John Hooper of the Guardian: "A three-year papal investigation into America's 50,000 nuns, which inspired comparisons with the Inquisition, produced an unexpectedly benign report on Tuesday, containing somewhat tepid reprimands and calling for a careful review of their spiritual practices. The Vatican ordered the investigation -- technically an 'apostolic visitation' -- in 2008, during the pontificate of Benedict XVI. It affected almost 400 institutes. The change in tone in Tuesday's report may reflect a new and more conciliatory policy under Pope Francis." ...

... Laurie Goodstein of the New York Times: "The relatively warm tone in the report, and at the Vatican news conference that released it, was a far cry from six years ago when the investigation was announced, creating fear, anger and mistrust among women in religious communities and convents across the United States."

Alan Cowell of the New York Times: "... last year, a United Nations panel concluded that there was 'persuasive evidence that the aircraft [which crashed in what is now Zambia, killing U.N. Secretary Dag Hammarskjold, a Swedish diplomat] was subjected to some form of attack or threat as it circled to land at Ndola.' On Monday, Sweden formally asked the United Nations General Assembly to reopen the investigation. Significantly, the request included an appeal for all member states to release any hitherto unpublished records -- a reference aimed largely at securing the declassification of American and British files...."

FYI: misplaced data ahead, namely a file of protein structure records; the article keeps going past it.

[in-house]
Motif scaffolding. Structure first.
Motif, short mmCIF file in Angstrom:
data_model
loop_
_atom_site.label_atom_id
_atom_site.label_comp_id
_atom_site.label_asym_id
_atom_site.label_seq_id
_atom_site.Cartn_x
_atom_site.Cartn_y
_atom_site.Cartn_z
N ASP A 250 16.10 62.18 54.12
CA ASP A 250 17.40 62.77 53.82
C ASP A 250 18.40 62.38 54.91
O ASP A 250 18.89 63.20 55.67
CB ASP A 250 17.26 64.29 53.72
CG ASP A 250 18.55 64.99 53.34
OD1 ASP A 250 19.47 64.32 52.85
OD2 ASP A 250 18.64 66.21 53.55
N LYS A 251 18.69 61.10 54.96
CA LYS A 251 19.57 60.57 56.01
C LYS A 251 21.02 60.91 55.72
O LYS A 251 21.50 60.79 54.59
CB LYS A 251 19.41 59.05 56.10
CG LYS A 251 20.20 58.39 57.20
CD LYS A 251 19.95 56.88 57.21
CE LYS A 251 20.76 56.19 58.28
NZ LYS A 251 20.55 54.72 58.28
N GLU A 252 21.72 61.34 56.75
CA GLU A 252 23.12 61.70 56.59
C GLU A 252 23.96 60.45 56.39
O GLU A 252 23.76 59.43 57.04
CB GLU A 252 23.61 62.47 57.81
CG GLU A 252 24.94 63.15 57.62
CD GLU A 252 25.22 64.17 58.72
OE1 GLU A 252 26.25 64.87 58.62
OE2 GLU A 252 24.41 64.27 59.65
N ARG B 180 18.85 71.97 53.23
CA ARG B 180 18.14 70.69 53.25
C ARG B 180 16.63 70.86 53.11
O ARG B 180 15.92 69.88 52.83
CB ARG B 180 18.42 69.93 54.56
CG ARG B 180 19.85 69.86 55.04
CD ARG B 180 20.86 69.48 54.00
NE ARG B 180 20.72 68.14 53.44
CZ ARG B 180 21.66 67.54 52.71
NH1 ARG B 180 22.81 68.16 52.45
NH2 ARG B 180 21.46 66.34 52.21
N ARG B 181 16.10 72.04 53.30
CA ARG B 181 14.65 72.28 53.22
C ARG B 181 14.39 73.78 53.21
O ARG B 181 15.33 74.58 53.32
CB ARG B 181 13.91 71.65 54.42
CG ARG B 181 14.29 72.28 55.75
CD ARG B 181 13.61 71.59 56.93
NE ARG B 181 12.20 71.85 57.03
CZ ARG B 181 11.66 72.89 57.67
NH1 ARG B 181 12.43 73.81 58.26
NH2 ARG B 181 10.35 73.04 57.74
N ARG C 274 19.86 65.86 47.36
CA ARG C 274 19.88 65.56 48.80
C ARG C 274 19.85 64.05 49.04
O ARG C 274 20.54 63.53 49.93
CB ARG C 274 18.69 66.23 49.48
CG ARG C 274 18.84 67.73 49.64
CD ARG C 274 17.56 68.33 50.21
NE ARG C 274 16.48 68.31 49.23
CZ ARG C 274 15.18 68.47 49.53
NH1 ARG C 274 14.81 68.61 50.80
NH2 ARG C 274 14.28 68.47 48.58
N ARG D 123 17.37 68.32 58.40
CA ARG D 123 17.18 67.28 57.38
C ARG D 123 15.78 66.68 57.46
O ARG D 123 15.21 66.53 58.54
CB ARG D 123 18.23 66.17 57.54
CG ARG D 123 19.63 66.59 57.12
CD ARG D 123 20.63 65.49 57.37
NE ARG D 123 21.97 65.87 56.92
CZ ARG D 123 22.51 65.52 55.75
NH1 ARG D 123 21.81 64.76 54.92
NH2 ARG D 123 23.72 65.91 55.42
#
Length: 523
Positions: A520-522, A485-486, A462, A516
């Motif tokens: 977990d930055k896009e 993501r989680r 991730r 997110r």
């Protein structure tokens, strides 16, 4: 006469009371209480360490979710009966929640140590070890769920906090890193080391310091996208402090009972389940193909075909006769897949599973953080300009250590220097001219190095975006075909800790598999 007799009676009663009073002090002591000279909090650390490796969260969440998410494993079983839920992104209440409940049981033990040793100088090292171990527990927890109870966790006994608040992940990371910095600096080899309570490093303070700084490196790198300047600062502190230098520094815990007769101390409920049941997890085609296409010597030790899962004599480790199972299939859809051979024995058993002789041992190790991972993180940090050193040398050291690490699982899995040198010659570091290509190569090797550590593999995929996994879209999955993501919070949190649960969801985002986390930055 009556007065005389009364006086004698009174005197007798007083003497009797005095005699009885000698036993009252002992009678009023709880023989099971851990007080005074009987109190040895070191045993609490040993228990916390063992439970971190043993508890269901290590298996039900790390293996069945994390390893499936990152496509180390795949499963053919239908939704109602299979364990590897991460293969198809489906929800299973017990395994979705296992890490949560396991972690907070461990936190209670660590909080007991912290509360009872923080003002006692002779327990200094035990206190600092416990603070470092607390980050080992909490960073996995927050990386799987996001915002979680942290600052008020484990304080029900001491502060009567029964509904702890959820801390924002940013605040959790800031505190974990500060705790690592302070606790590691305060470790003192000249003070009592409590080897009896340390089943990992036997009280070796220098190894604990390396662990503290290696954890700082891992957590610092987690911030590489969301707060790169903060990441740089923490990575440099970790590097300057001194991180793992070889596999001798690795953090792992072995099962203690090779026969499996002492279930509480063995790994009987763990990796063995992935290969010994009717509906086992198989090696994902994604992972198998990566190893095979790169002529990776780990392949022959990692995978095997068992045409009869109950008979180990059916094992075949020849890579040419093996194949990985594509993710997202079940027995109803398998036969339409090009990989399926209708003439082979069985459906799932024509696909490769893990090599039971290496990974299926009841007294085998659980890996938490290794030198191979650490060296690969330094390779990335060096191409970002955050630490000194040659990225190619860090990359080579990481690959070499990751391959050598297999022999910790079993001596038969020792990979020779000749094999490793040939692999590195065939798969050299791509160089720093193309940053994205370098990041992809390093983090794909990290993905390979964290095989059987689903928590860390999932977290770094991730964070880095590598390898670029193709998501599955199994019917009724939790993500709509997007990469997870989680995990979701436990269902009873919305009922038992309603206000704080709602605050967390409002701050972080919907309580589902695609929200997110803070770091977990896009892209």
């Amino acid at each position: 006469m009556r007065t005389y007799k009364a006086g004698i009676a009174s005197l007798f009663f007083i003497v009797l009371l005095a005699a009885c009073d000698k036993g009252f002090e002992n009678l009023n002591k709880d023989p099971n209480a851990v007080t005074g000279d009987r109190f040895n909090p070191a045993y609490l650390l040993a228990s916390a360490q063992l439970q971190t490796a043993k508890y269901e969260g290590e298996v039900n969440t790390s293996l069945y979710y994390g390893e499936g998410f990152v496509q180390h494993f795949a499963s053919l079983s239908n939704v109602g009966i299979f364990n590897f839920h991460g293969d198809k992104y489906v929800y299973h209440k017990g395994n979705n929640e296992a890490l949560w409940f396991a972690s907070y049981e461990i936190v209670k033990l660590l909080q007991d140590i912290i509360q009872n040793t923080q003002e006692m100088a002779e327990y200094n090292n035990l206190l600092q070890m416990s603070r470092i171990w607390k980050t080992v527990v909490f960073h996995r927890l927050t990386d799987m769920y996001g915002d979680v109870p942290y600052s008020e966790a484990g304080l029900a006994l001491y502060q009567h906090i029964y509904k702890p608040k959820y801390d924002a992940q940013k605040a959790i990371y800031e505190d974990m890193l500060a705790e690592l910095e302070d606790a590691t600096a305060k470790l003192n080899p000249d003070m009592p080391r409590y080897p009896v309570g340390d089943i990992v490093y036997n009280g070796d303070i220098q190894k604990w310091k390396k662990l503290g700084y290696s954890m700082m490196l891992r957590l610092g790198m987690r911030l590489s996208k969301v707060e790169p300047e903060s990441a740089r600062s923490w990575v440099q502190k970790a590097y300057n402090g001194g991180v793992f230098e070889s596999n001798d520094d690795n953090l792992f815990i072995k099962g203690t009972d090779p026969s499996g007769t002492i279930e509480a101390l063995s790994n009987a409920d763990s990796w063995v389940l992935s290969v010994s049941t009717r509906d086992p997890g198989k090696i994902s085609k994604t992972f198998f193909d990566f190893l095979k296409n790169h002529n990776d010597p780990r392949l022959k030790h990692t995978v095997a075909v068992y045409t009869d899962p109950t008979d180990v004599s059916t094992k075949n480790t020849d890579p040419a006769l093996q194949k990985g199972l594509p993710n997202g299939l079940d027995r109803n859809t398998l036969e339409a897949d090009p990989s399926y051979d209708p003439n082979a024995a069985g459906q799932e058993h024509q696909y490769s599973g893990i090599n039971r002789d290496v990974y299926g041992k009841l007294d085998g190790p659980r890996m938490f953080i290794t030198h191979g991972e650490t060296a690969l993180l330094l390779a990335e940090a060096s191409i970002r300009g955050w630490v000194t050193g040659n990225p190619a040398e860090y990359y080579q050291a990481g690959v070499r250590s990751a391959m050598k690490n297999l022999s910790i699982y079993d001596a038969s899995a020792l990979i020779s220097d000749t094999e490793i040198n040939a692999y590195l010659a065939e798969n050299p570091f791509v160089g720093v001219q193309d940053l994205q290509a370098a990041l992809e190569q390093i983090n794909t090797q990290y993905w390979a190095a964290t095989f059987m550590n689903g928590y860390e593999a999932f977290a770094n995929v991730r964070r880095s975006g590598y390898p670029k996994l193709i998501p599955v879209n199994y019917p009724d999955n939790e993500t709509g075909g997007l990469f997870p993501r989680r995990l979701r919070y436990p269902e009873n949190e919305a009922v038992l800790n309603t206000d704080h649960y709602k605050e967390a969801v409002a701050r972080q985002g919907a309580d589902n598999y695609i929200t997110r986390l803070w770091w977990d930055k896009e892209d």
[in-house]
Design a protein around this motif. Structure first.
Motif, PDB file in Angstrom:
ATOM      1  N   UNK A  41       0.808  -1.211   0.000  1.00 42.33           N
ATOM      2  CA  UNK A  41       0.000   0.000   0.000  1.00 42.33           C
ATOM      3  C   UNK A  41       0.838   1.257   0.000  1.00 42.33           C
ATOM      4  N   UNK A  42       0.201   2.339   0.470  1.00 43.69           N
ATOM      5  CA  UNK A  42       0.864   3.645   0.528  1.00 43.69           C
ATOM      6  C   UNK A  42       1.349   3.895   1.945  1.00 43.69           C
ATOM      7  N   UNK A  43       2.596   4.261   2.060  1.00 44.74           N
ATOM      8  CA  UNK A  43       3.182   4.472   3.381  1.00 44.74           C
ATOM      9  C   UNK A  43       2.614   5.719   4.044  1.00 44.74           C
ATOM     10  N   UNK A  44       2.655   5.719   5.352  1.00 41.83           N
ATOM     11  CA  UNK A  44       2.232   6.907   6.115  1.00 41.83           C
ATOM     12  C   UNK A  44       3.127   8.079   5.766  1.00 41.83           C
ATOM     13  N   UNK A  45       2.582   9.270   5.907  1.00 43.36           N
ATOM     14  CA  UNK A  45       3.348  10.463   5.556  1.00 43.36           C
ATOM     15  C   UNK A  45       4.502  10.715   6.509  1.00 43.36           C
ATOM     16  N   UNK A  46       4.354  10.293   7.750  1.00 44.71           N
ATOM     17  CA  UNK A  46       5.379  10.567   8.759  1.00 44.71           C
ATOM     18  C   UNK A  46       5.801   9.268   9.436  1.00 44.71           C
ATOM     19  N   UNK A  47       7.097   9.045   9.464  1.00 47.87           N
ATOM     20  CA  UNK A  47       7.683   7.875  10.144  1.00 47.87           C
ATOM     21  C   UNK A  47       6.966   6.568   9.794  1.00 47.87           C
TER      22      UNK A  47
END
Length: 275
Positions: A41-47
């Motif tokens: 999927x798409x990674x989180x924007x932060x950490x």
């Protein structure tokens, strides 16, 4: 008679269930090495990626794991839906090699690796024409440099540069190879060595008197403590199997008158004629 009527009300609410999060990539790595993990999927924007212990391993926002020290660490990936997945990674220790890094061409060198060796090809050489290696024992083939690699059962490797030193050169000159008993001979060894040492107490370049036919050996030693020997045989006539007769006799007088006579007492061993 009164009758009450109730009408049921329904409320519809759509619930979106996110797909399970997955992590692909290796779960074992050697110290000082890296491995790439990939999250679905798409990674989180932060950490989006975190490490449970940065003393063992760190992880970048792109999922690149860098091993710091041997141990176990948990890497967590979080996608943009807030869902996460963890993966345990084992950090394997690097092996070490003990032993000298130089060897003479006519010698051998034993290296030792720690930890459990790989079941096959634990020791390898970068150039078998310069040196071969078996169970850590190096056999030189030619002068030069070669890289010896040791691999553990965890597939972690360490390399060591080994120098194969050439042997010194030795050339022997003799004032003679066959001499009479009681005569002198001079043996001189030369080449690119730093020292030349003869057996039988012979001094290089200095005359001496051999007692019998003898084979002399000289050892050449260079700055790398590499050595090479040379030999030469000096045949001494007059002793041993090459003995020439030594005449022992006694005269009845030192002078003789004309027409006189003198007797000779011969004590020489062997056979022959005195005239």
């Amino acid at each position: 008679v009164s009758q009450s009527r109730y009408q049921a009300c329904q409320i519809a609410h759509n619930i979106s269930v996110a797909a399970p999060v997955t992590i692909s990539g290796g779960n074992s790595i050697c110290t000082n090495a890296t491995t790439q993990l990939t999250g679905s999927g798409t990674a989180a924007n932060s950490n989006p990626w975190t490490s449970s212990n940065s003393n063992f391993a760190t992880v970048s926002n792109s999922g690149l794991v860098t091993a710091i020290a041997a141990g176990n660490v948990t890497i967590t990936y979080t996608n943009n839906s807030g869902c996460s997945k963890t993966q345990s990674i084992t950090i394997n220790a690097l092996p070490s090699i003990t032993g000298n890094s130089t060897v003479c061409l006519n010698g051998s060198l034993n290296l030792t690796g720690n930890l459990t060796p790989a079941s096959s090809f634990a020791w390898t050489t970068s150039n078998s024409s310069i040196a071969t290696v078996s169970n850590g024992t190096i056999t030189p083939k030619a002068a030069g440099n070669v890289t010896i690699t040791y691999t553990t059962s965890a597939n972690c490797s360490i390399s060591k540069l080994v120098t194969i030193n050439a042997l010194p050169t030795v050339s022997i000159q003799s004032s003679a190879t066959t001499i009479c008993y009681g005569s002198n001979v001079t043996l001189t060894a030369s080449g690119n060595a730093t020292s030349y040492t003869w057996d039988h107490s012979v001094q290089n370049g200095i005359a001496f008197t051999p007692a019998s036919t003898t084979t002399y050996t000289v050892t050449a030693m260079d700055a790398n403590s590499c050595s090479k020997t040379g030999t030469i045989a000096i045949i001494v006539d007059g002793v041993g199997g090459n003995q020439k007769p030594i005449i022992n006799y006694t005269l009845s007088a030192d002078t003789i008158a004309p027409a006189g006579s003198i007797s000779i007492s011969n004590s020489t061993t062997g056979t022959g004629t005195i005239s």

Gene Robinson: "It seems there is something to offend everyone in the upcoming Hollywood comedy 'The Interview.' At this point, I'm guessing, most wounded of all may be the Sony Pictures Entertainment executives who greenlighted the film." Robinson explains why. ...

     ... Gawker has video of the Kim-Jong-un exploding-head death scene here. Now, that's comedy! (But it's not torture; in the plotline, the assassination was CIA-instigated.)

Presidential Election

Nick Corasaniti of the New York Times: "Jeb Bush, the former governor of Florida, announced on Twitter and Facebook on Tuesday that he had 'decided to actively explore the possibility of running for president of the United States.'"...

... Gary Fineout of the AP: "Bush's announcement is sure to reverberate throughout Republican politics and begin to help sort out a field that includes more than a dozen potential candidates, none of whom have formally announced plans to mount a campaign."

Kevin Cirilli of the Hill: "MoveOn.org officials announced Monday that they have garnered 110,000 signatures on a petition urging Sen. Elizabeth Warren (D-Mass.) to run for president in 2016.The announcement comes just one week after the progressive grassroots group launched a 'Run Warren Run' campaign that included a $1 million investment." The petition sign-in is here. ...